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Budget cuts hurt, but necessary says TCI Deputy Premier in parliamentary debate on hurricane funds

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Grand Turk, Turks and Caicos Islands – February 7, 2018 – Budget cuts to accommodate new spending demands were painful as government projects and departments had to fiscally re-calibrate in order to accommodate important costs associated with repatriation of illegal migrants and the September 2017 hurricanes.

Deputy Premier, Hon Sean Astwood aimed to roll back the curtain on what was happening behind the scenes as the PDM Administration led the re-organization of the already passed 2017-2018 National Budget.

The Government has been heavily criticized as having had a slow response to reconstruction in the aftermath of the ferocious storms.  However, the Deputy Premier, also the Border Control Minister disagrees with that characterization.

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“We have heard how this country has bounced back to our new normalcy in record time, and we have also heard how many – not just the political opposite – but many have tried to discredit the works of this Government and our direct involvement in making sure that persons who can now sit at home in the comforts of air condition, who can now pick up their mobile cell phones and WhatsApp any derogatory criticism or comment that they may decide to make – I would like for all of them to stop for just one second Mr.  Speaker and take a full assessment of what it took to restore such comforts back to them.”

Almost four months to the day of the dismal encounter all of the Turks and Caicos Islands with Hurricane Irma, the Border Control Minister during House of Assembly debate on the changes to the budget, shared his experience while visiting another territory smashed by Irma:  Antigua and Barbuda.  Barbuda was so badly damaged in the historic hurricane, which measured well above 200 mph wind speeds, that it remains evacuated, completely inhabitable.

“Two weeks ago I went to Antigua and Barbuda for a Summit on 21st Century Governance.  Mr. Speaker the island of Barbuda is still a disaster zone. One cannot enter the island without direct government permission because of the current state of that island.  Yet we here in the Turks and Caicos, we moan and we groan when the wind don’t blow, when the sun is too hot, when it rains the extra day, when the phone calls drop for a second, Mr. Speaker, we ought to be careful.  This supplementary is a response to all that I have just mentioned, it is a response of this Government to set new priorities to deal with the new realities.”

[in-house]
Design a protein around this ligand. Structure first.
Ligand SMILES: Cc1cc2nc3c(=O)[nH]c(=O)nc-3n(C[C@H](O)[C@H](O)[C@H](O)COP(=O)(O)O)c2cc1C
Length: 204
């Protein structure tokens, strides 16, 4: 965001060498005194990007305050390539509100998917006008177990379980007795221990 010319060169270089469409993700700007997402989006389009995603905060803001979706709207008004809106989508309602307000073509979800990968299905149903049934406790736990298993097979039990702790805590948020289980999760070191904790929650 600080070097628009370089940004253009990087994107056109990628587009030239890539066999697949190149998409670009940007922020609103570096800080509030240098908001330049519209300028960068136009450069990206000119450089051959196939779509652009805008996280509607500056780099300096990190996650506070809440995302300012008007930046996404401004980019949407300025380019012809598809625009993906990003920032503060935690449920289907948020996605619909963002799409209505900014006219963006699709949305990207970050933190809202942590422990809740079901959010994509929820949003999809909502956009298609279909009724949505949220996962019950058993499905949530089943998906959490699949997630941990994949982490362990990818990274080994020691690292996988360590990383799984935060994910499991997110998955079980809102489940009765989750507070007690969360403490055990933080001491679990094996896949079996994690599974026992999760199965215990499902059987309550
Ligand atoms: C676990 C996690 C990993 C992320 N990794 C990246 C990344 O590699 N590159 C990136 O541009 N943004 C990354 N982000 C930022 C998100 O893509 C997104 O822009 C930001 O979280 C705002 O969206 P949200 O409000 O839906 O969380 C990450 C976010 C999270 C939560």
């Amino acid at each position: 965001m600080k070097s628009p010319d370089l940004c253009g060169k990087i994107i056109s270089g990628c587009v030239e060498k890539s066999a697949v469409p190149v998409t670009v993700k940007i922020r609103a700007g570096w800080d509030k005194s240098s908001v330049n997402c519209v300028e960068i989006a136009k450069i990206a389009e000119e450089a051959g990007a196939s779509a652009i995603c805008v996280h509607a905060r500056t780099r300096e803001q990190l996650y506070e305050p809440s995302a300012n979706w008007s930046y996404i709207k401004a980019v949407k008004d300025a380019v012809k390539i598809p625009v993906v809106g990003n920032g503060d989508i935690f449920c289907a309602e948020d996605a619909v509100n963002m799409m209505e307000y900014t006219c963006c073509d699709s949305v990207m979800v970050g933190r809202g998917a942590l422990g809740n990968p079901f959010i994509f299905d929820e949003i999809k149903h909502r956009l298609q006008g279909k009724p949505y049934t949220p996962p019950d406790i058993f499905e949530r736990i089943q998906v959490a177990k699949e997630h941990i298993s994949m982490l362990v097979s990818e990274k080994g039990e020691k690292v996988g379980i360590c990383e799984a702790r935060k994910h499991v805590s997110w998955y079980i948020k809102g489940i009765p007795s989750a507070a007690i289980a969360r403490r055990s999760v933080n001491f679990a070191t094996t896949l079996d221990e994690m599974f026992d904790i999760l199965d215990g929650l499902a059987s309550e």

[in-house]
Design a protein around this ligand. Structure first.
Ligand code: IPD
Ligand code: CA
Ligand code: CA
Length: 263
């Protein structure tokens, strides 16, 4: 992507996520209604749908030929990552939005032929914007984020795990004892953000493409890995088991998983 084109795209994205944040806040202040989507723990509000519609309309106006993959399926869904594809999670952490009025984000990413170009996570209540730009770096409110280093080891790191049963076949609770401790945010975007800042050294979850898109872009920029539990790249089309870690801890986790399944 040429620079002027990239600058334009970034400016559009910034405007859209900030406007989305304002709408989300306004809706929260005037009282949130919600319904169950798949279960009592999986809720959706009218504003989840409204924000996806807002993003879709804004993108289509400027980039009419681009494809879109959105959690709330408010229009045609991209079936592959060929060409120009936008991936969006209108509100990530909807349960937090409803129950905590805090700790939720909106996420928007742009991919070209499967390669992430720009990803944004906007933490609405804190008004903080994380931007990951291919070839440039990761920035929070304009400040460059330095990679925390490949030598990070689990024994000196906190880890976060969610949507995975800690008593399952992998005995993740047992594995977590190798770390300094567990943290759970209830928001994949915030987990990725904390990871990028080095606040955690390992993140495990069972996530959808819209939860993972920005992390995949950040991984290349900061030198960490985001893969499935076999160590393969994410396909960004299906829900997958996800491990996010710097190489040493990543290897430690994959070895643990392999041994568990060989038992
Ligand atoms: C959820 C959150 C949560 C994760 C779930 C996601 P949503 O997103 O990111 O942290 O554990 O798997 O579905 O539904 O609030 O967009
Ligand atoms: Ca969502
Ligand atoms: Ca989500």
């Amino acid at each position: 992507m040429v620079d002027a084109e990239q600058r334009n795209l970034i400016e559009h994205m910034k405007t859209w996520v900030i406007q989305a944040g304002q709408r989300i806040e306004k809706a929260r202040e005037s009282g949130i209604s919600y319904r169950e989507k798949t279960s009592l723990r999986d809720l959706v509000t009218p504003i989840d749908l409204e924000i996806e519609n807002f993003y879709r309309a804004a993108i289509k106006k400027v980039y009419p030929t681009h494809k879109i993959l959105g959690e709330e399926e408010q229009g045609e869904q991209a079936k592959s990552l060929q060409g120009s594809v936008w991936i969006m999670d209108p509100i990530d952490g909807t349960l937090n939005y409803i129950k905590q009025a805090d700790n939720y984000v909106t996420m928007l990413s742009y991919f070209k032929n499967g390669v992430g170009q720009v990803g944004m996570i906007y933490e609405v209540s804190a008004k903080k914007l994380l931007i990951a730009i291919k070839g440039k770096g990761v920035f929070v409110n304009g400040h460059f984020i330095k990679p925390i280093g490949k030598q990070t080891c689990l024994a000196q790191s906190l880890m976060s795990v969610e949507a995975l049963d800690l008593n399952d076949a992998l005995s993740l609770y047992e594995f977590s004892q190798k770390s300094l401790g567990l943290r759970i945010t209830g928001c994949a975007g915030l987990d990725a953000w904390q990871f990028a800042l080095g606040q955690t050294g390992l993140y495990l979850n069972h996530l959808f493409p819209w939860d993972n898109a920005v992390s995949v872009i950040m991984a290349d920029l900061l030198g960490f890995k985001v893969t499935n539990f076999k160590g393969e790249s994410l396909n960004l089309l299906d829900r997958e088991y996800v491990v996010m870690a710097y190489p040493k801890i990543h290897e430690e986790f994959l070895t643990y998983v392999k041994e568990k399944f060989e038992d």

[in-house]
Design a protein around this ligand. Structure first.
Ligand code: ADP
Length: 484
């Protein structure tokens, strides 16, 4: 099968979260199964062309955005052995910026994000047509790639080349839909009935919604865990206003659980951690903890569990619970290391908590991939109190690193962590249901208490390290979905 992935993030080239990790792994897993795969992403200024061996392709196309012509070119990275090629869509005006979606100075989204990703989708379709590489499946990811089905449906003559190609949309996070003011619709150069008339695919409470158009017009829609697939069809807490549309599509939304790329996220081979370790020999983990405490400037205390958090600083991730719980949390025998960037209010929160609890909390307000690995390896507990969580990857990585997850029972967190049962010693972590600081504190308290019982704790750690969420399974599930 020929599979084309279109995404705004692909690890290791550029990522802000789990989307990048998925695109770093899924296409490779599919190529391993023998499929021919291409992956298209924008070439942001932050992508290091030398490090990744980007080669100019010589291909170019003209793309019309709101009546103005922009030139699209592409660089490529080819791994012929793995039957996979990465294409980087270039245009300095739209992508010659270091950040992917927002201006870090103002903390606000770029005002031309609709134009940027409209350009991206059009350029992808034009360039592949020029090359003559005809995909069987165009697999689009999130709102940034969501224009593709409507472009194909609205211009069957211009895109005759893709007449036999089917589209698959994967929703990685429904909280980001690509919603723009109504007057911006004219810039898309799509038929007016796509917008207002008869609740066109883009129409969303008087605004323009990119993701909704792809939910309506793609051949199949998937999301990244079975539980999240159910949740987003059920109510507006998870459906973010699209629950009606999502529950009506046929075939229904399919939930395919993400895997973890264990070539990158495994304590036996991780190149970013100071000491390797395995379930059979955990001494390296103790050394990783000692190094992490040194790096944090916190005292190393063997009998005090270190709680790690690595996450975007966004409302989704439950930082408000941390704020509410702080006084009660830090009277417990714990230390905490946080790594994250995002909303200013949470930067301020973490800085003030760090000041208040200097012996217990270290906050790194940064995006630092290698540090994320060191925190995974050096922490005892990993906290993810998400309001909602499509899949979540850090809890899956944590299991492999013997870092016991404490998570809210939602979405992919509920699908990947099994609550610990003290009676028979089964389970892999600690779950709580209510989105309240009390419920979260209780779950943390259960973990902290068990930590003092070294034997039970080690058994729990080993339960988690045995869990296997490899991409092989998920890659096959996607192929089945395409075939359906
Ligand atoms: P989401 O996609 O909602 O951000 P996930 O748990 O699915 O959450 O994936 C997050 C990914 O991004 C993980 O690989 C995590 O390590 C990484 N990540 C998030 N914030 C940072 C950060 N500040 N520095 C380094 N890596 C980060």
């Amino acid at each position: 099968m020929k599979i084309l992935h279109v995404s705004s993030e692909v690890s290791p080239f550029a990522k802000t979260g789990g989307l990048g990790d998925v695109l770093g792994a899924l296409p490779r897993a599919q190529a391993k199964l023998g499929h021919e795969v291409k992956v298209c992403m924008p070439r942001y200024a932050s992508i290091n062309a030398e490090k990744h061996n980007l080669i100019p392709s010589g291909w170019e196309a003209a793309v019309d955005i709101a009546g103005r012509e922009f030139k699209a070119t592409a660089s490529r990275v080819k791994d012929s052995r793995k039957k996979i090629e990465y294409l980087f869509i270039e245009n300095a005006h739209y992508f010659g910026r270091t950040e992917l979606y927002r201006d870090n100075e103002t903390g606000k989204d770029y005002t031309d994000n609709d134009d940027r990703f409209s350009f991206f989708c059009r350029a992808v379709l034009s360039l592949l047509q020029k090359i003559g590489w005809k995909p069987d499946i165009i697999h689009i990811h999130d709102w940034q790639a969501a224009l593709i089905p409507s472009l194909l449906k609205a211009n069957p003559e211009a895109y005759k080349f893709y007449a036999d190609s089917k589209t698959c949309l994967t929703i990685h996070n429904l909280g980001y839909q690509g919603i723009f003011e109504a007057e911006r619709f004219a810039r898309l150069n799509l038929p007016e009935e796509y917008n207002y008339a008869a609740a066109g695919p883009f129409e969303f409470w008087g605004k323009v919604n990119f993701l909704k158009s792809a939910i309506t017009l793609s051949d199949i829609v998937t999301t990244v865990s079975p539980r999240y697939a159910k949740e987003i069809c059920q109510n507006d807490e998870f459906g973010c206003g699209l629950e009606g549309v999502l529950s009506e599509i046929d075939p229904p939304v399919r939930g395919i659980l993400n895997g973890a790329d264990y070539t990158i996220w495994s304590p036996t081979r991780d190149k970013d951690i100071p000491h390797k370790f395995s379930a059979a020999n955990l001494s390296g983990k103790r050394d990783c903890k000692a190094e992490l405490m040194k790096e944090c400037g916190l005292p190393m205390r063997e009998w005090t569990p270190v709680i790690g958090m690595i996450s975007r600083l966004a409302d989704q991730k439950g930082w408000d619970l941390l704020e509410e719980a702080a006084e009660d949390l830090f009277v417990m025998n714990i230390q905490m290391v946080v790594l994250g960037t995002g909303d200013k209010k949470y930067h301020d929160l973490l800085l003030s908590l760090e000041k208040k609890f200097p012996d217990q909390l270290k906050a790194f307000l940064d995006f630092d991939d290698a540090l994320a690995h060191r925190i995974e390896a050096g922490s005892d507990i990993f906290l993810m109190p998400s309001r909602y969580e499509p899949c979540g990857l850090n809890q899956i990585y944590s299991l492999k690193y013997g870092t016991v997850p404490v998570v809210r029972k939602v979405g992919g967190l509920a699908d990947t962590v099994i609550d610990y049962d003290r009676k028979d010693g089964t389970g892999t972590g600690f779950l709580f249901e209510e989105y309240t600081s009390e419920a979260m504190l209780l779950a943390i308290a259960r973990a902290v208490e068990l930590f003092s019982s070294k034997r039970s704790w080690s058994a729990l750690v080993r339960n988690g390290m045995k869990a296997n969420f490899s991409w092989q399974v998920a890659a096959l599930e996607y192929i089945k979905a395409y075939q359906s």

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Hon Astwood said the Supplementary, which includes a $600,000 increase to his Ministry for illegal migrant repatriation expenditure is a response to the needs of the country, evidence that the PDM Administration is paying attention and rightly responding to hurricane reconstruction and border protection.

“My same ministry would have gotten cuts in other areas and it hurts… to lose even a dollar we don’t want to lose it but we understand the needs and overall objective of the Ministry of Finance.  We know they did not just sit down and arbitrarily decide to get rid of a project, to cut spending by ‘x’ percentage that is not an easy decision to make.  I don’t think that the Premier, her PS or anybody, the Budget Director – anyone sits down having a good time in that exercise.  So for persons to characterize this as some simple exercise, some ‘willy-nilly’ approach to governance where decisions are being made that affects the lives of our people, Mr. Speaker I don’t understand how anyone could think that’s a trivial matter that somehow the politics of things is more important than the lives of our people….  Mr. Speaker this supplementary is no politics.”

The Deputy further exposed that there were professional rows between ministers, permanent secretaries and departments as the country re-prioritised spending to pay for three exceptional areas of expense, namely:  hurricane Irma and Maria clean up, overage in health care abroad costs and the budget busting repatriation of illegal migrants.